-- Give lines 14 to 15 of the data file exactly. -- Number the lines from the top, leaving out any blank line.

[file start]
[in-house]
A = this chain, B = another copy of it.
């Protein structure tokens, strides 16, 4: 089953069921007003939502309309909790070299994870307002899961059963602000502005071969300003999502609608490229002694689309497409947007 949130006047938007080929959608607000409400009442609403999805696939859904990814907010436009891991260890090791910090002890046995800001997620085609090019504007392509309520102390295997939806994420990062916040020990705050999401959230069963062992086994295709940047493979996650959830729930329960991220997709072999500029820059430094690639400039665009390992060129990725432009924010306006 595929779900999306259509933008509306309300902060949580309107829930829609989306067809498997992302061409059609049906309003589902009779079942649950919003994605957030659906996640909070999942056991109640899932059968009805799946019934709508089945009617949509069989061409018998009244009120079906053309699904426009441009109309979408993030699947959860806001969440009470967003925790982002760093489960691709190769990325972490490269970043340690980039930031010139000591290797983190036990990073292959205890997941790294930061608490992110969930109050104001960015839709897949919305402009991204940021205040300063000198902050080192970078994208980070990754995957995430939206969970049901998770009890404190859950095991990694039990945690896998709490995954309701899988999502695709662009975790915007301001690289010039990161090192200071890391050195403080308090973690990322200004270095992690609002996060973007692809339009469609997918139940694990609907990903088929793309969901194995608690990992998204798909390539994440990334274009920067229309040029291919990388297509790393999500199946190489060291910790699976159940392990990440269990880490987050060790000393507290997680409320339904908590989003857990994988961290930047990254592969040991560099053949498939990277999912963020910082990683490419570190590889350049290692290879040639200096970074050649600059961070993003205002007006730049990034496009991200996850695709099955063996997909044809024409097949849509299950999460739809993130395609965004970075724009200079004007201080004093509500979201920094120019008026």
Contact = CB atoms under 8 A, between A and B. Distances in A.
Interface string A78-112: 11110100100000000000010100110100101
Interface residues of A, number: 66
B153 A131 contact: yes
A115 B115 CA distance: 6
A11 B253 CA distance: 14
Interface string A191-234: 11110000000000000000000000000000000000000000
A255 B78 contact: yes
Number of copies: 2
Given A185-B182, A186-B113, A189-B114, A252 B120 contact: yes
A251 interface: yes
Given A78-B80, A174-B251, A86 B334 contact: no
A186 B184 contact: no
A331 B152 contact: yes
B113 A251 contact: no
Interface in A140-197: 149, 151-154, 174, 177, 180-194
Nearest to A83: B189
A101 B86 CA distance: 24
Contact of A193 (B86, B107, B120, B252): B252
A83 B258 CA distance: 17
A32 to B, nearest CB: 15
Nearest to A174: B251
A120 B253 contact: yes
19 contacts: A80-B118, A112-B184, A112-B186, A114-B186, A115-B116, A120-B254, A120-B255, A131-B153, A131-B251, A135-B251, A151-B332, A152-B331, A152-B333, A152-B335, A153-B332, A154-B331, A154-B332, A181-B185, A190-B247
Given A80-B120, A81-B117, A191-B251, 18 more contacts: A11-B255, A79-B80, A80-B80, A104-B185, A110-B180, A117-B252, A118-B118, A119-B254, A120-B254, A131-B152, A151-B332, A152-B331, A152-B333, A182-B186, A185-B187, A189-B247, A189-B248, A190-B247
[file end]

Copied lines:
A251 interface: yes
Given A78-B80, A174-B251, A86 B334 contact: no